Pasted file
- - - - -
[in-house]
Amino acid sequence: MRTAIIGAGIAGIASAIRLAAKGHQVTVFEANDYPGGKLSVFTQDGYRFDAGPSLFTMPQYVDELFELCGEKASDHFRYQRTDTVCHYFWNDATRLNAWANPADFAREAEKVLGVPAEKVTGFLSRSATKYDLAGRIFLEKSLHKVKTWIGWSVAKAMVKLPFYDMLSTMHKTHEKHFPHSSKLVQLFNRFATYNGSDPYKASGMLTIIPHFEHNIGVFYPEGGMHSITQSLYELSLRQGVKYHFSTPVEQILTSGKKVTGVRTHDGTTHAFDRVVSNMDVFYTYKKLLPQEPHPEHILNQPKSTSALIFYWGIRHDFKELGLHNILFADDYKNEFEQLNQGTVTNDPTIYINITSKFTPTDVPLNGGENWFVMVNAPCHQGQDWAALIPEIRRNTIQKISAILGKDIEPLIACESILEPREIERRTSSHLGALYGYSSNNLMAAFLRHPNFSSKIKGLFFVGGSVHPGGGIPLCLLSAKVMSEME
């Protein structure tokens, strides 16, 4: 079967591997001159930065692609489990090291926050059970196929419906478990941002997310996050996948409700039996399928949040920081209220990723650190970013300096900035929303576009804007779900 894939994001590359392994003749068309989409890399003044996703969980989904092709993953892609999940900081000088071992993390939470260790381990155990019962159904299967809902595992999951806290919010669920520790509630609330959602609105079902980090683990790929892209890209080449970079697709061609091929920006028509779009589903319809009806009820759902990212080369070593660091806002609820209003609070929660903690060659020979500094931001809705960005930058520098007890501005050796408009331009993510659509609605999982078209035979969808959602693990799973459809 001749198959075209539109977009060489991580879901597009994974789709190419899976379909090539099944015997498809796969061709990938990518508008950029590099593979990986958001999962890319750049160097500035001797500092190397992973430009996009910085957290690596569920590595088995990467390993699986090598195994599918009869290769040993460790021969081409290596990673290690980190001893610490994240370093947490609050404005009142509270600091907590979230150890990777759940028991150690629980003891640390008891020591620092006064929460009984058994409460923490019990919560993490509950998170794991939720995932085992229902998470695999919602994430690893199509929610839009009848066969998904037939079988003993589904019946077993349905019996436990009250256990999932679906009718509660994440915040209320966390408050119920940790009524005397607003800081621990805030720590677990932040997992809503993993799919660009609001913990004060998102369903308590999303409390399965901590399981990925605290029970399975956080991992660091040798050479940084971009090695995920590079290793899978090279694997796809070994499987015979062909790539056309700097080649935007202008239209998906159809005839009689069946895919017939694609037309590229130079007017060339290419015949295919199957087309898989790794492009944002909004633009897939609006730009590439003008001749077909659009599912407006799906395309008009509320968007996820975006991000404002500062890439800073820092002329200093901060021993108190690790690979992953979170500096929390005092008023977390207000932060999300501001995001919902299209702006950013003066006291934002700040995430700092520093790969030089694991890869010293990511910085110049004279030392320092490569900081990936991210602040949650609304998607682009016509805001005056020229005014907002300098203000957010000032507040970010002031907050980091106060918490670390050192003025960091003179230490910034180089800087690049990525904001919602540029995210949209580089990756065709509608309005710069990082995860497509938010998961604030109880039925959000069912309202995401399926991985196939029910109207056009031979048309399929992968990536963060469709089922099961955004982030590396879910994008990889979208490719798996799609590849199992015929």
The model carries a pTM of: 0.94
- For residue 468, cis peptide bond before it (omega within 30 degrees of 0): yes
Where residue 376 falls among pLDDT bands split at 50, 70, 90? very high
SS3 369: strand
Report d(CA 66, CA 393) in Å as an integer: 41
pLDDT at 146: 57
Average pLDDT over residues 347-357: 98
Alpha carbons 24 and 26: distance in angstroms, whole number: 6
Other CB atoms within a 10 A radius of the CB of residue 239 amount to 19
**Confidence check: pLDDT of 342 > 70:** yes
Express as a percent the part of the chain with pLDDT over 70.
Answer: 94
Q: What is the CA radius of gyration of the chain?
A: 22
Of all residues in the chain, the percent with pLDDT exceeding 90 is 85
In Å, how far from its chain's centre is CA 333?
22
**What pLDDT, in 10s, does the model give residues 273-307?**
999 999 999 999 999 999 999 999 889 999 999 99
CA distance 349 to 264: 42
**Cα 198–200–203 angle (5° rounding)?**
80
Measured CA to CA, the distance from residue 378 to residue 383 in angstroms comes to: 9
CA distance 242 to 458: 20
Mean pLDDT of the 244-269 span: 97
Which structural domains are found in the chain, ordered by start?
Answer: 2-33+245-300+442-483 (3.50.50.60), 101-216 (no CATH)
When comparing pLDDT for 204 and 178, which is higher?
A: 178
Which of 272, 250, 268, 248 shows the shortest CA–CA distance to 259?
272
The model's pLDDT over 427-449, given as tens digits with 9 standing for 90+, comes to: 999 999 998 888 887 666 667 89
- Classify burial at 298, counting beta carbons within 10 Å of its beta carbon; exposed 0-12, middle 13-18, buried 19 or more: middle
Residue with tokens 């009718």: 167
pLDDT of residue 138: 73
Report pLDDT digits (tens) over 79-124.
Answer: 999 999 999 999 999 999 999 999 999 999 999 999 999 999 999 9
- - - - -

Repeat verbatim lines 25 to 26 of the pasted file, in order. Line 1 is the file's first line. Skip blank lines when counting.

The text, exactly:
80
Measured CA to CA, the distance from residue 378 to residue 383 in angstroms comes to: 9